Many things amaze me in India – there is plenty to shock and awe on a daily basis. But nothing has yet amazed me more than the extreme power and endurance of Indian women. As I have delved into the issue of access to safe abortion for women in Southern Rajasthan as part of my work at ARTH, this has become more and more apparent to me. Unwanted pregnancy can result from many things – lack of power in a relationship to determine when and how often a woman wishes to become pregnant, lack of knowledge about different varieties of family planning, lack of access to those family planning methods, or a change in emotional, financial, or other circumstances of a woman and/or her family as she realizes she has become pregnant, amongst other things. But seeking to end her pregnancy safely, legally, and confidentially becomes a huge hurdle that many women throughout India cannot overcome. The state of Rajasthan is largely rural with high fertility rates, low contraceptive use, and strong son preference. There is a noted unmet need for family planning and a ‘per capita availability of legal abortion services of one per 157,354 individuals’, displaying obvious limited access to safe abortion (Elul et al., Population Council, 2004). Particularly in rural Rajasthan, women have significantly fewer MTP (Medical Termination of Pregnancy) facilities and providers than in urban areas, making it more difficult for them to access safe and legal MTP services when they need them. This has led some of these women to seek services from informal providers, which results in the estimated 10% of all maternal deaths in Rajasthan due to abortion complications and the 26% of women in Rajasthan who experience post-abortion morbidity (Jejeebhoy, 2010). In addition, the issue of sex-selective abortion has exacerbated the issue further as the sex ratio in the state has continued to decline. At present, there are 883 girls for every 1000 boys aged 0-6 in Rajasthan (Census Provisional Data 2011). This has created a backlash against 2nd trimester MTP due to the ability to check for the sex of the fetus at this stage of pregnancy. Some providers no longer do this procedure, which further limits women’s access to safe MTP in certified facilities, often leading them to risk their lives by utilizing clandestine providers.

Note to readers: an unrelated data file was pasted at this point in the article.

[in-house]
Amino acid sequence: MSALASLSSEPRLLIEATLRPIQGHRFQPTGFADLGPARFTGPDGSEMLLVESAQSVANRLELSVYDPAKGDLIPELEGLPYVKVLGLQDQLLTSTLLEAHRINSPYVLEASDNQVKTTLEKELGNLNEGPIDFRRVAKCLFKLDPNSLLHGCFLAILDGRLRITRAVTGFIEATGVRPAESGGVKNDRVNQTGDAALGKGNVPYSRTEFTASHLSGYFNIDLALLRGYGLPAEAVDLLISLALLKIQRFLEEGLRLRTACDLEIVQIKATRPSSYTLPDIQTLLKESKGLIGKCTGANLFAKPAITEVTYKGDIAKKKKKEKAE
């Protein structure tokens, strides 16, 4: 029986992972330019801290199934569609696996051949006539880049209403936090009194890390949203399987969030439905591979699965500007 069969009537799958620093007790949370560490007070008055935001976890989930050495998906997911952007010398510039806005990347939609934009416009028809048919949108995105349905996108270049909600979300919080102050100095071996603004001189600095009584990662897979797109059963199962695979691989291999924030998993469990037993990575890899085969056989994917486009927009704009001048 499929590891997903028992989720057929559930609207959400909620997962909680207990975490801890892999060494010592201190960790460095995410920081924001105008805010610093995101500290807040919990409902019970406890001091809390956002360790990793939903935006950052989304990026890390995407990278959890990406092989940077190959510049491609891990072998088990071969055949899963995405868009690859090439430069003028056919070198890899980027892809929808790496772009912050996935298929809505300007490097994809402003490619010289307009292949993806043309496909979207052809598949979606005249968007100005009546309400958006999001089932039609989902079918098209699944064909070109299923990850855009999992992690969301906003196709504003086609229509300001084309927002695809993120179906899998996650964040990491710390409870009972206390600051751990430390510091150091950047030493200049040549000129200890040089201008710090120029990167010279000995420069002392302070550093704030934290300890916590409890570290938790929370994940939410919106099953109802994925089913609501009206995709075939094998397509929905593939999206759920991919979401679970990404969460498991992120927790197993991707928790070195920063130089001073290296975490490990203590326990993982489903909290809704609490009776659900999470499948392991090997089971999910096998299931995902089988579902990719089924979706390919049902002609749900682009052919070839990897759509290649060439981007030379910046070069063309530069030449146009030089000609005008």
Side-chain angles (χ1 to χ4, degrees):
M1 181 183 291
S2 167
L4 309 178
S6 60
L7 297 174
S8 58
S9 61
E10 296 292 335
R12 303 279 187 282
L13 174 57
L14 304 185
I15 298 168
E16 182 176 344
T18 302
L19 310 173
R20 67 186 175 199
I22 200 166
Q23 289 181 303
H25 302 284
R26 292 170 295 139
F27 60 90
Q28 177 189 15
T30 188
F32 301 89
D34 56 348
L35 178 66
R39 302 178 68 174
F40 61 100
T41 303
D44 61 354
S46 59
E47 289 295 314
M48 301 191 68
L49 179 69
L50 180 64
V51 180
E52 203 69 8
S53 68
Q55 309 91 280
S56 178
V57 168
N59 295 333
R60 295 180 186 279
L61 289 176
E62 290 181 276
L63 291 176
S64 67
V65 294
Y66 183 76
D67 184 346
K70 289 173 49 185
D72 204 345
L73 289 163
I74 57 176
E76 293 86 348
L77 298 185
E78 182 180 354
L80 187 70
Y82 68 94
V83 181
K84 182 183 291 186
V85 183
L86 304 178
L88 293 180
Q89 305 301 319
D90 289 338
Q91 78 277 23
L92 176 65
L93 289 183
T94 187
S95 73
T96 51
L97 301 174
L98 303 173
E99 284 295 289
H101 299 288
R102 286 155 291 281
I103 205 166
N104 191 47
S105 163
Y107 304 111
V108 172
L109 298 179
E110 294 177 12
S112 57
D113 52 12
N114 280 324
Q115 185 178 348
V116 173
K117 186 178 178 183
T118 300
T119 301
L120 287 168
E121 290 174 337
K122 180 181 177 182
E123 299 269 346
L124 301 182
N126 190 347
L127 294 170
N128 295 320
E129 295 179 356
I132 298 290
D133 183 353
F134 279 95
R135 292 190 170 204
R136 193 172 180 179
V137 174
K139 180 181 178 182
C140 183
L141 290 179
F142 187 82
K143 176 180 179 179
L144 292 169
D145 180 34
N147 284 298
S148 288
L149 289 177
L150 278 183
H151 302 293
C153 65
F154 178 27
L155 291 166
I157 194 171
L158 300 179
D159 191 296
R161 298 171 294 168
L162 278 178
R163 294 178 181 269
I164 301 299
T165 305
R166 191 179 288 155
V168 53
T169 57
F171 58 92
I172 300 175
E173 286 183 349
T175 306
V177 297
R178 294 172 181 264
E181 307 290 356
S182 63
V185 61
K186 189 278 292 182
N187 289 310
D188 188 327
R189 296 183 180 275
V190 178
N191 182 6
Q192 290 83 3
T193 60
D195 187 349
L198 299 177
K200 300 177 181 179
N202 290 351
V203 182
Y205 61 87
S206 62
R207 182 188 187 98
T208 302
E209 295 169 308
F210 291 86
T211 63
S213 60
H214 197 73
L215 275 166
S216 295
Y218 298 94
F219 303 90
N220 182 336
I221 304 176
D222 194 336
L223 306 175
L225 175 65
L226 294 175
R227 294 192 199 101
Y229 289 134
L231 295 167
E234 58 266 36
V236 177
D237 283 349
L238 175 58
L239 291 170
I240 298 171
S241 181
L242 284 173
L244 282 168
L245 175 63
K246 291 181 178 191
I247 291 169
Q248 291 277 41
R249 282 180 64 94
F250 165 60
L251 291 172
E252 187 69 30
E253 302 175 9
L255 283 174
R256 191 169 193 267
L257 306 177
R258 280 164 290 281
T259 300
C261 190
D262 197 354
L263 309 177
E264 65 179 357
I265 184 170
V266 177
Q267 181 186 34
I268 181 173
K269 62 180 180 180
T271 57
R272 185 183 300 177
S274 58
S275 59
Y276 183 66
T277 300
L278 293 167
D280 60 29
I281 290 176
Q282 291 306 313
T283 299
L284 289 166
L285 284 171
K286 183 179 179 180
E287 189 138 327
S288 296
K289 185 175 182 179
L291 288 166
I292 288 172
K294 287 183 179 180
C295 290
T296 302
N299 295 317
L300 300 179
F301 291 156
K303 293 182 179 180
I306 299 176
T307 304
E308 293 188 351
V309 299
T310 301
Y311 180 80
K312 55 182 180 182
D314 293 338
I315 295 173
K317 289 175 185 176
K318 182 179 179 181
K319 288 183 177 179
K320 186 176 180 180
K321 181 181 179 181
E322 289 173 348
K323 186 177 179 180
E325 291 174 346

Safe abortion has often been made the scapegoat of reproductive health by many, including the United States government, through laws like the Global Gag Rule. But when we look at statistics of women dying from unsafe abortion in places like Rajasthan – where women have so little agency over their own reproductive health in the first place in terms of the size of their families, the frequency of their births, and the sex make-up of their children – it makes sense that women should have access to a procedure that they will always seek. There will always be a demand for MTP, and Rajasthan is proof that when safe services are not provided, women pay the price, despite the fact that many circumstances that led up to the requirement of an MTP service (such as no agency in contraceptive decisions, involvement in an abusive relationship, threat of violence or abandonment from her husband if she produces more girl children) are outside that woman’s control. Abortion is not an issue to be taken lightly and is not a pleasant topic, but it is one that must be confronted for what it is – that its safe provision can save lives.
Elul B., Bracken H., Verma S., Ved R., Singhi R., & Lockwood K. (2004). Unwanted Pregnancy and Induced Abortion in Rajasthan, India: A Qualitative Exploration. Population Council. Retrieved from www.popcouncil.org/pdfs/SAReport.pdf.
Jejeebhoy S.J., Francis Zavier A.J., Acharya R., & Kalyanwala S. (2011). Increasing Access to Safe Abortion in Rural Rajasthan: Outcomes of a Comprehensive Abortion Care Model. New Delhi: Population Council.
Provisional Population Totals Census 2011. Government of India: Ministry of Home Affairs. http://censusindia.gov.in/2011-prov-results/prov_data_products__rajasthan.html